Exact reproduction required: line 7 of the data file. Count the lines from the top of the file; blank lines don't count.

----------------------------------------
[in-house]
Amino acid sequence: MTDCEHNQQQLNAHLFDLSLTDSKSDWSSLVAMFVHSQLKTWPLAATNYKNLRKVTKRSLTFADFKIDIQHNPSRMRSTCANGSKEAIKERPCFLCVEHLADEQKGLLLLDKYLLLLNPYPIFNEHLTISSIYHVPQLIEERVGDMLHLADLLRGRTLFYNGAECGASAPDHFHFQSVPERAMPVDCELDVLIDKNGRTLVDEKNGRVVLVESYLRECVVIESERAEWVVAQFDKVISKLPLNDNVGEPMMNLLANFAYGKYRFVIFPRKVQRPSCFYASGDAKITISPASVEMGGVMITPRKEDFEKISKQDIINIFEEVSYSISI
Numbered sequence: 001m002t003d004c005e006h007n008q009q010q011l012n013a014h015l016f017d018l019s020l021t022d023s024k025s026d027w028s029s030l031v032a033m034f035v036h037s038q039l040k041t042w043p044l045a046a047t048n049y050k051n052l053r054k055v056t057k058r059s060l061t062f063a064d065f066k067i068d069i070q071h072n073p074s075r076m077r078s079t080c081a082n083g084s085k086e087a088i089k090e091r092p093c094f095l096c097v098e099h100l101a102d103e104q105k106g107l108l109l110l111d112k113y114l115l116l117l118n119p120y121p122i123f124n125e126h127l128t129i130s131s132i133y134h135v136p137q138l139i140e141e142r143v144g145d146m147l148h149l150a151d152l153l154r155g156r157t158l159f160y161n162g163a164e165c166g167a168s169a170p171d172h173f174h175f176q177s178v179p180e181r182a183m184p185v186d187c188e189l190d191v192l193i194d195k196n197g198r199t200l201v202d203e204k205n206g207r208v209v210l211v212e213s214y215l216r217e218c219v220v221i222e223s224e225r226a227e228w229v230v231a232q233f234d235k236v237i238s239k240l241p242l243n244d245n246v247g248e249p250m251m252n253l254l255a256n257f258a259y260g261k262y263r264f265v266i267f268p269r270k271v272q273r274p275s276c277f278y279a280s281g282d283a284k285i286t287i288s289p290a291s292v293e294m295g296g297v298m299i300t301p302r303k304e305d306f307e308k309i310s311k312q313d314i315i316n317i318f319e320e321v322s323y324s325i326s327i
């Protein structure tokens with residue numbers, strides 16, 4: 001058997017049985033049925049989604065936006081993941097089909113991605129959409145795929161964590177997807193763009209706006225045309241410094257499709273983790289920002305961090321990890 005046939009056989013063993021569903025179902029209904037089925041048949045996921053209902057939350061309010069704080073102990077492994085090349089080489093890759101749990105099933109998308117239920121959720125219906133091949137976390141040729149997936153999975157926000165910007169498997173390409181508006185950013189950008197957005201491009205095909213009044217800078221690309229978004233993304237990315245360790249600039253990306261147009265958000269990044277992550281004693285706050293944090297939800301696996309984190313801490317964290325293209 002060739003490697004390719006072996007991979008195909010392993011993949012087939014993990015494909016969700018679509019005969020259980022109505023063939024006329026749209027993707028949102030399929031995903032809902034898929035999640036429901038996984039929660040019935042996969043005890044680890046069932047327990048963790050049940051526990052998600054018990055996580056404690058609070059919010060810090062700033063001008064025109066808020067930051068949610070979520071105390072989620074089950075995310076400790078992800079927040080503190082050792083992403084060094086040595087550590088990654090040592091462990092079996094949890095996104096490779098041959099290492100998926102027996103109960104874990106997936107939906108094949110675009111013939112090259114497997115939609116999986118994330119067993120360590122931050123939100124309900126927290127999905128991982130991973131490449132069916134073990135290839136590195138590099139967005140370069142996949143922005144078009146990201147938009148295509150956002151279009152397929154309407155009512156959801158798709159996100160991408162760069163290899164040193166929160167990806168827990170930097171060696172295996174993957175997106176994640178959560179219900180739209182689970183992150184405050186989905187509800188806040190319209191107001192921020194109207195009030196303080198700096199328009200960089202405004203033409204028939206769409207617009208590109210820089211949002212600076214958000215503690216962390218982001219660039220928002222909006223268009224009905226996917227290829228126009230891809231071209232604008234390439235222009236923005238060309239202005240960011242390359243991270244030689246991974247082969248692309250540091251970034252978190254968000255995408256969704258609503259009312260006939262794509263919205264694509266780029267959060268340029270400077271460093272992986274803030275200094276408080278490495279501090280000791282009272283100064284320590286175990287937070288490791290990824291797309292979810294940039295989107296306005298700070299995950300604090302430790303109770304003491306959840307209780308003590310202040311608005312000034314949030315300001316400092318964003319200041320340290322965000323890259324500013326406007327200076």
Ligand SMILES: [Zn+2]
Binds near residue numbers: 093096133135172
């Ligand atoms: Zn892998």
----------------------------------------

């Ligand atoms: Zn892998």